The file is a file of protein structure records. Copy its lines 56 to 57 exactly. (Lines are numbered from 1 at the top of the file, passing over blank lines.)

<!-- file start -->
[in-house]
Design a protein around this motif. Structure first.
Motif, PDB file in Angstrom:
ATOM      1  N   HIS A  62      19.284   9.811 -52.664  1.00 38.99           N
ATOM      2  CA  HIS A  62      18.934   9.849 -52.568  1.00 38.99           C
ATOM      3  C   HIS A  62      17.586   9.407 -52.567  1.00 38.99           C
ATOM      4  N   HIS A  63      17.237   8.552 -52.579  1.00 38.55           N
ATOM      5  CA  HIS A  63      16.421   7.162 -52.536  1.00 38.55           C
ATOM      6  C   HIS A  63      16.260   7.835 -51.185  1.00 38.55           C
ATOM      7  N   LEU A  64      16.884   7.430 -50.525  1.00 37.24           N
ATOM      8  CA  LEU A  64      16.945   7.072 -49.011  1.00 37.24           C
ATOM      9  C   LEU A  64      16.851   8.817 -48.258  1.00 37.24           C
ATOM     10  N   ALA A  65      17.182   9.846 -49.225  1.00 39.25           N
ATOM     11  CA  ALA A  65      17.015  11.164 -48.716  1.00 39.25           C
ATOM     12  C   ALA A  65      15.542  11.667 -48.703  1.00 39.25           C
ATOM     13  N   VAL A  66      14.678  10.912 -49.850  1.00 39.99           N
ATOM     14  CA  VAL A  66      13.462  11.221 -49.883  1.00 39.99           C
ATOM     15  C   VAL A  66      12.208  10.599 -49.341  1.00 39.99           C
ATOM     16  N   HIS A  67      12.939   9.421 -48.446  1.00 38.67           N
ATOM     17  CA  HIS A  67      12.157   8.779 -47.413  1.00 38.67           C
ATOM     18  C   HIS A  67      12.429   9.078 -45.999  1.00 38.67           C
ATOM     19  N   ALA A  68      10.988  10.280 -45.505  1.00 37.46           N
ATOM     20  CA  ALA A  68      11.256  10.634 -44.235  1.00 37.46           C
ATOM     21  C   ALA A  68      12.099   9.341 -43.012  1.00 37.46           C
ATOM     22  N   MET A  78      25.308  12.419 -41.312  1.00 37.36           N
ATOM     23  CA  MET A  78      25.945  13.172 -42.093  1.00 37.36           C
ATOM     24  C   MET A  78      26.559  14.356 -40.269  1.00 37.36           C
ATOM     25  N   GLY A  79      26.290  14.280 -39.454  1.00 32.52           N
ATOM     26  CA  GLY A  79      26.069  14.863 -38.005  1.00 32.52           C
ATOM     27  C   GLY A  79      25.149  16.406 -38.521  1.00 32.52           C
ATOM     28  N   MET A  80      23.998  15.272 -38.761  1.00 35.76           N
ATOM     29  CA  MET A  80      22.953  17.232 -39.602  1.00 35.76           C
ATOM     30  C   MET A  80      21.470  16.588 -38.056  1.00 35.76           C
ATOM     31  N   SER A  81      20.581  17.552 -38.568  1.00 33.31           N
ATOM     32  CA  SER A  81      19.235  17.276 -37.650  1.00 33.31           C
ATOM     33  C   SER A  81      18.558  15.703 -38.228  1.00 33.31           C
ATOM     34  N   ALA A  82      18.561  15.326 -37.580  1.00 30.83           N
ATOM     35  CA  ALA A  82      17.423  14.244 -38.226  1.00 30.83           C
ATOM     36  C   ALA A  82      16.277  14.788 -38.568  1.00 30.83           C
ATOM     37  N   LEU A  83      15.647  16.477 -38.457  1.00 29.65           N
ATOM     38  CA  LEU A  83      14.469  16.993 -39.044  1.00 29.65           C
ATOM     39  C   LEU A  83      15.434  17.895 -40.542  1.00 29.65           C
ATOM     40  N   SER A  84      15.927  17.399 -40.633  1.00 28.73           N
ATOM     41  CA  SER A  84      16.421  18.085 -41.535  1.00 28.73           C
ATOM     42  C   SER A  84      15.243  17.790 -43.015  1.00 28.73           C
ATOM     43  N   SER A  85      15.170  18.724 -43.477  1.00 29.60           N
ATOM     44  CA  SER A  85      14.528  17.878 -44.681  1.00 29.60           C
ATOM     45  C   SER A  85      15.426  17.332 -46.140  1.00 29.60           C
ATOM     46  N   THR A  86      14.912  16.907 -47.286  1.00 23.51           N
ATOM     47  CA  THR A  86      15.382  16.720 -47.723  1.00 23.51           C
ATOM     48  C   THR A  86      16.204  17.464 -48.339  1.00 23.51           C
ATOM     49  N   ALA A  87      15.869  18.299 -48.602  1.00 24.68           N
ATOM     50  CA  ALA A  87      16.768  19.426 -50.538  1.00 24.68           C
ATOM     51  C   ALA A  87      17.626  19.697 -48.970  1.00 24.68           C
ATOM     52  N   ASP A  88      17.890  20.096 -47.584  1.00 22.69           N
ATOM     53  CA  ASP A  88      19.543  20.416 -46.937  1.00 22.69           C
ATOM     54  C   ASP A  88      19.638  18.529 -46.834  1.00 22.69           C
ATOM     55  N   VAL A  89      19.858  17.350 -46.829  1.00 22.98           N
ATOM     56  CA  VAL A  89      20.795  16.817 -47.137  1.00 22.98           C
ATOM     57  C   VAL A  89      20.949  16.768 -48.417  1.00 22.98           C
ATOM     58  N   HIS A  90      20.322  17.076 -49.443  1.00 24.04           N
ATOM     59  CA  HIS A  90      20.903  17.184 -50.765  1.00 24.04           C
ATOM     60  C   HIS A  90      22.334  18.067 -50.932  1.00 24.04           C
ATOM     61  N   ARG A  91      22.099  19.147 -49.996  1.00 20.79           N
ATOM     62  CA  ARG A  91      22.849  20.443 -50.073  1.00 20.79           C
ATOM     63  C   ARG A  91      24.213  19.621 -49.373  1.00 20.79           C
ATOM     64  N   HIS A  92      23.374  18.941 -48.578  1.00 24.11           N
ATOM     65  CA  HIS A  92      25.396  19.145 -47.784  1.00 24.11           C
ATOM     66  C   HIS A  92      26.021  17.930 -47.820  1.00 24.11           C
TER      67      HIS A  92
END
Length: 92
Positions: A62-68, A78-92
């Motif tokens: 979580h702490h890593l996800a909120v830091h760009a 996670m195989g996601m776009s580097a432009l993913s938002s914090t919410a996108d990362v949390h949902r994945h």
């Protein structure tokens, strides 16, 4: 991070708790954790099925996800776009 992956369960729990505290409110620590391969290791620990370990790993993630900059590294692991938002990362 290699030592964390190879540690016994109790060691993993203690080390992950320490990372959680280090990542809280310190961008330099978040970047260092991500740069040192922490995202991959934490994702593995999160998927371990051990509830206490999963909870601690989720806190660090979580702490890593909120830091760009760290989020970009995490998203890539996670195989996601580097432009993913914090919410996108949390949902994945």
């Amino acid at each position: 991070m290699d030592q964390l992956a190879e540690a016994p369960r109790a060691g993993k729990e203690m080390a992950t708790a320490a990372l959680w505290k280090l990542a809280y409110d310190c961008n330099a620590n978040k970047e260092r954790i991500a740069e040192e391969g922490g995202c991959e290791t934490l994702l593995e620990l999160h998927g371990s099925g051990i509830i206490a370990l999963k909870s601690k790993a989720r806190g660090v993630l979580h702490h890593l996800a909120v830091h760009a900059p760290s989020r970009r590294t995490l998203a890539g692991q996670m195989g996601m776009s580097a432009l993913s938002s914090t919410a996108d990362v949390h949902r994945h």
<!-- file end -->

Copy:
ATOM     53  CA  ASP A  88      19.543  20.416 -46.937  1.00 22.69           C
ATOM     54  C   ASP A  88      19.638  18.529 -46.834  1.00 22.69           C